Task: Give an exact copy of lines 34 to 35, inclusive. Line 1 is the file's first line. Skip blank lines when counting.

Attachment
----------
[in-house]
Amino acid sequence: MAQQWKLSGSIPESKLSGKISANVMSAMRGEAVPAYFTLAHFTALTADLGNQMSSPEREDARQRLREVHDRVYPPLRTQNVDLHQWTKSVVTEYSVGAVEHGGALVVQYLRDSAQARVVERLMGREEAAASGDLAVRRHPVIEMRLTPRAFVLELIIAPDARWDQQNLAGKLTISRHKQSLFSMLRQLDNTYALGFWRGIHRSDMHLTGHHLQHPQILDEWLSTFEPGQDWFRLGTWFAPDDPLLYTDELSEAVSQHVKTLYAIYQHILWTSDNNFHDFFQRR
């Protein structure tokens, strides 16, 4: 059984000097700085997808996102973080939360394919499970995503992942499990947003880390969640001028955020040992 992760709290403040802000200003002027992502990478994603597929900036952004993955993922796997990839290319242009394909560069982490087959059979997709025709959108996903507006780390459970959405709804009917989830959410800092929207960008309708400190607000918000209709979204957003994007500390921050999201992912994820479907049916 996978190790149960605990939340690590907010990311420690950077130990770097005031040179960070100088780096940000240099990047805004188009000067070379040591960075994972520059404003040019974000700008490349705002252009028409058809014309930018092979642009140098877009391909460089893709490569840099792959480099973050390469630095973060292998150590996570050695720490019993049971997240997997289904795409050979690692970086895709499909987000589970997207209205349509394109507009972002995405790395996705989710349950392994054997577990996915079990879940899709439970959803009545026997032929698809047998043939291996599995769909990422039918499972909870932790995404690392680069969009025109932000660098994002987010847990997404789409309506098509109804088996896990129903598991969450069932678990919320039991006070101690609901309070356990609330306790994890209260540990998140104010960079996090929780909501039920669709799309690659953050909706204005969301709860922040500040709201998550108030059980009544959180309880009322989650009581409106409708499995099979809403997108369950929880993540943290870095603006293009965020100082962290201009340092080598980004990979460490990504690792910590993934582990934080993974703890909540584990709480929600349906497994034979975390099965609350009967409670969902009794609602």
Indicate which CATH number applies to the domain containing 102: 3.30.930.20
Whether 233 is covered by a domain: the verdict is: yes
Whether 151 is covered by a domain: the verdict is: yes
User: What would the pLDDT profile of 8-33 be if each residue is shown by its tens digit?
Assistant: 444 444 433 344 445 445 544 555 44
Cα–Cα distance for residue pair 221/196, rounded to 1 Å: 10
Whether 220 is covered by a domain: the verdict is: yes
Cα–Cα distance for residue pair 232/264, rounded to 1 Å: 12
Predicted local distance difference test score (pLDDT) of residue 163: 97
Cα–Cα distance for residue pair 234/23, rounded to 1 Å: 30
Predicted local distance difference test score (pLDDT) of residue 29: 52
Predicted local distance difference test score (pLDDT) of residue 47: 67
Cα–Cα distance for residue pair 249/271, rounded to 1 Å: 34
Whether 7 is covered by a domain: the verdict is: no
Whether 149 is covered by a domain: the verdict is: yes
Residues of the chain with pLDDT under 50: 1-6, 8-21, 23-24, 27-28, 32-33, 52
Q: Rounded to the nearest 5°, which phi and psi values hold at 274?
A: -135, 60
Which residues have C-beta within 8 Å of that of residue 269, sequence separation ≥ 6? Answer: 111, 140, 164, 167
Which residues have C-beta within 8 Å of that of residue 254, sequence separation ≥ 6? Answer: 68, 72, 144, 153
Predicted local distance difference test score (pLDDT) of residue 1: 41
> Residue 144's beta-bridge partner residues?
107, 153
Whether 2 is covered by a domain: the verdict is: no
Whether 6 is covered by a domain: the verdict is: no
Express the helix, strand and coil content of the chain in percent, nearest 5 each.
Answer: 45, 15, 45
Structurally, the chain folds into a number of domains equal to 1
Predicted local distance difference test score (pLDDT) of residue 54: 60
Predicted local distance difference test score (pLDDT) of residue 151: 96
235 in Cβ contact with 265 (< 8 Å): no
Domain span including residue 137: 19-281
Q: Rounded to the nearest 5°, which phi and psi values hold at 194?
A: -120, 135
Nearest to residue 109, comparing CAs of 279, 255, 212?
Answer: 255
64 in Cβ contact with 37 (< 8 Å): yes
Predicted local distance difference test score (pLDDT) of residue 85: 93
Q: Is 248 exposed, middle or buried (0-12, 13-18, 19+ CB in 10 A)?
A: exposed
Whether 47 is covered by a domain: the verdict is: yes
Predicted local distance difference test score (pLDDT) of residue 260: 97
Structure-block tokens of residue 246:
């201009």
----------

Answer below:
235 in Cβ contact with 265 (< 8 Å): no
Domain span including residue 137: 19-281